He says that seeing those behaviors will position him to better partner with their children’s teachers moving forward, because he better understands what teachers deal with every day.

Gilchrist says that in her 23 years as a teacher, as well as in her work with ParentCamp, her experience is that the longstanding school model is one based on compliance. That is, teachers tell parents what’s happening at school, and the parents do their best to comply and help their children comply. She says she sees it in parent-teacher meetings, in which teachers present information, while parents sit in rows staring straight ahead, without engaging in a dialogue.

Tomlin and Pinkney says that they are pushing against the compliance system right now concerning the planning of the next school year.

He says his family and others want to be included in that planning and not just comply with what a room full of board members decides on, because they know what they and their children need.

“Educators don’t know they’re in this system of compliance that is setting them up to fail from the beginning,” Gilchrist says, which impacts teachers’ ability to partner with parents. “You’ve got to change the game. You’ve got to have times when you can come together and everybody has choice and voice and autonomy and the ability to have purpose, and it’s magical.”

In order to change what education looks like – virtually or in person – the information-sharing needs to go two ways, Gilchrist says. She says the core of that is about connection and interaction and building relationships, all of which are missing pieces in the classroom but exacerbated by the current virtual learning situation.

The thing that is needed before you can lean into any restructuring, or anything, is connection. To have connection, you have to come together in dialogue. We have to get people together. It can be physically, it can be virtually, but [parent and educators] have to come together in the conditions for connection.

— Laura Gilchrist
Former teacher, ParentCamp

“The thing that is needed before you can lean into any restructuring, or anything, is connection. To have connection, you have to come together in dialogue. We have to get people together. It can be physically, it can be virtually, but they have to come together in the conditions for connection.”

Pinkney says her insistence on inclusion paid off. For the first several weeks after their school closed, her children had been watching videos of teachers – not their own teachers, but people they hadn’t met. No interaction happened between students and their schools. She pushed for a personal touch, and the school responded. By the end of the school year, her younger child had Zoom meetings with teachers twice a week to go over concepts from the videos.

One on one

Jacob Schwartz’s son Campbell is 7 years old and attends Crossroads Academy Central Street in Kansas City, a public charter school. Like Tomlin and Pinkney, Schwartz now works full time from home and had been very involved at his child’s school before the pandemic.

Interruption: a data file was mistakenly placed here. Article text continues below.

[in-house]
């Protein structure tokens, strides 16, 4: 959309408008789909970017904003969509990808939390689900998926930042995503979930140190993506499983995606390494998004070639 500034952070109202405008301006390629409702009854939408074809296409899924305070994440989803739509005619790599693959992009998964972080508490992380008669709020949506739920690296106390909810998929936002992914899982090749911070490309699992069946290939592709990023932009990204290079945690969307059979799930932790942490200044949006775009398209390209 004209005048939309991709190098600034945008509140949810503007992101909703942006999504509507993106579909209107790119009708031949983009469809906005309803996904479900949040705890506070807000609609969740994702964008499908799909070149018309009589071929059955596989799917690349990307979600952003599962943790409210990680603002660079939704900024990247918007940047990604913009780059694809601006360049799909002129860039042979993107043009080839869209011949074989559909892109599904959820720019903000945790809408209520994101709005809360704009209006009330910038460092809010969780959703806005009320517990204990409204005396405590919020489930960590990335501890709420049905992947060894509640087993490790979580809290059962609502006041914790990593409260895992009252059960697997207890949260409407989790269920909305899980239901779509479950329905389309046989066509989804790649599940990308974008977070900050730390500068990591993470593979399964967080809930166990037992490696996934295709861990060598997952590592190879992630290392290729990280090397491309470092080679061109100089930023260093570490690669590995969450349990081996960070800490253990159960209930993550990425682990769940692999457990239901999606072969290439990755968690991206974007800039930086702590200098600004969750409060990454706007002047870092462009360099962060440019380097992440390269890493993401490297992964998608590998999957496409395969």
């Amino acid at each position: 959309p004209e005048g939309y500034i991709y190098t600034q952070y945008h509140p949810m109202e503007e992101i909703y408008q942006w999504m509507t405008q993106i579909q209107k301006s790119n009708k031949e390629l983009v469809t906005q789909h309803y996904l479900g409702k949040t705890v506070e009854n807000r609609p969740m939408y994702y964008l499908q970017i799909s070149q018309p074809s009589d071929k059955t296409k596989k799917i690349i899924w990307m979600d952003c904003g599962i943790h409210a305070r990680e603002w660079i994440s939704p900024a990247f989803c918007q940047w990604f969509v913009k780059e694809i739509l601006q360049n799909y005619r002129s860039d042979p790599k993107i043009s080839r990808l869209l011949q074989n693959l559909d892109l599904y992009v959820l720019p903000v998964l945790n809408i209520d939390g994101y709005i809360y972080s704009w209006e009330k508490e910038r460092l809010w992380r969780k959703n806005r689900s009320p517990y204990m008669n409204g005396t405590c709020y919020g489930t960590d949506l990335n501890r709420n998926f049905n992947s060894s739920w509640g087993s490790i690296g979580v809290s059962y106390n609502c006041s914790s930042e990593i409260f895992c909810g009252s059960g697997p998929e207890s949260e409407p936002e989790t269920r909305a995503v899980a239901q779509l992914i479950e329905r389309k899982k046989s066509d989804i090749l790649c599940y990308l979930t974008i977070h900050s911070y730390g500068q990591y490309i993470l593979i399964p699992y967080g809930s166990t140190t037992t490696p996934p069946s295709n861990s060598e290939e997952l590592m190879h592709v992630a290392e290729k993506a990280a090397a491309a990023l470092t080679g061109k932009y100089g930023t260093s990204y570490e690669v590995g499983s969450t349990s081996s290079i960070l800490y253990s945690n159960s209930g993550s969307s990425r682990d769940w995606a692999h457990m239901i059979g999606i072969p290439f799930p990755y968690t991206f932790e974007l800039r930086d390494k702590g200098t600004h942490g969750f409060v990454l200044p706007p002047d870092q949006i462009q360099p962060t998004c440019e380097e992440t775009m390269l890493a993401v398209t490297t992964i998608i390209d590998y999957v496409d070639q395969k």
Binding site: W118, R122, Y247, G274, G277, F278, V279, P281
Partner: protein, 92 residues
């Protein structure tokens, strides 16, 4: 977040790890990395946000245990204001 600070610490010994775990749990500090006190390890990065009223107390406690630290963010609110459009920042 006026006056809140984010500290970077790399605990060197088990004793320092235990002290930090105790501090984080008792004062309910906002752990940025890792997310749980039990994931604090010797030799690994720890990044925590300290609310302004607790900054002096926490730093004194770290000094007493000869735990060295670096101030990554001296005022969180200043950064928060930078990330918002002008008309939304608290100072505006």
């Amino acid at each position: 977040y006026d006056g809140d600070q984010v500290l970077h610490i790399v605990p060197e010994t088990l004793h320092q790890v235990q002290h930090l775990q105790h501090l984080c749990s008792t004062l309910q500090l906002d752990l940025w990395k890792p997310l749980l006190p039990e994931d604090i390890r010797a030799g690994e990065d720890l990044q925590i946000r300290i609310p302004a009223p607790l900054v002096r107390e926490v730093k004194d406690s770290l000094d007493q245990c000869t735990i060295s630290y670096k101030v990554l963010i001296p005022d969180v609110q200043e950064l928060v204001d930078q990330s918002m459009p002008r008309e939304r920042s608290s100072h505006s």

In the absence of a qualified educator, Schwartz spent the spring coaching Campbell through learning to read, write, and count – challenging for someone who’s not a teacher, but a software engineering manager.

“Maybe it’s that age, maybe it’s my kid, but it does require an adult to sit there with him while he’s doing it the entire time,” Schwartz says.

And that got him brainstorming a solution.

“How many tens of millions of people are unemployed that aren’t usually unemployed? And people can get trained to be a paraprofessional in a matter of two or three weeks,” he says.

For a couple of years, Schwartz had been volunteering as a reader at his son’s school during his lunch hour and observed the value of giving children one-on-one time; working with his own child during the shutdown has only highlighted the importance of that attention, and he wonders how many children aren’t getting it from anyone. What if some of those unemployed people, or working professionals willing to volunteer could virtually meet with students to give them one-on-one time?

To realize that vision, Schwartz is working with several local organizations to build a program for volunteer tutors.

“Campbell’s getting that from me, but I’m his dad, so it’s not quite the same. I think if we had something like that with all of these kids, even virtually, I think that would be immensely helpful,” Schwartz says.

It takes a team

One of the unexpected positives that might emerge from parent involvement may be the values parents are demonstrating to their children.

Gilchrist says that goal of bringing together teachers and parents and ending one-way communication is making space for the invested adults to truly trust each other. The effect of that, she says, is that “everywhere kids turn, they’re surrounded by people that are connected and caring. And when that happens, what flows through all those connections is love, support, and opportunities.”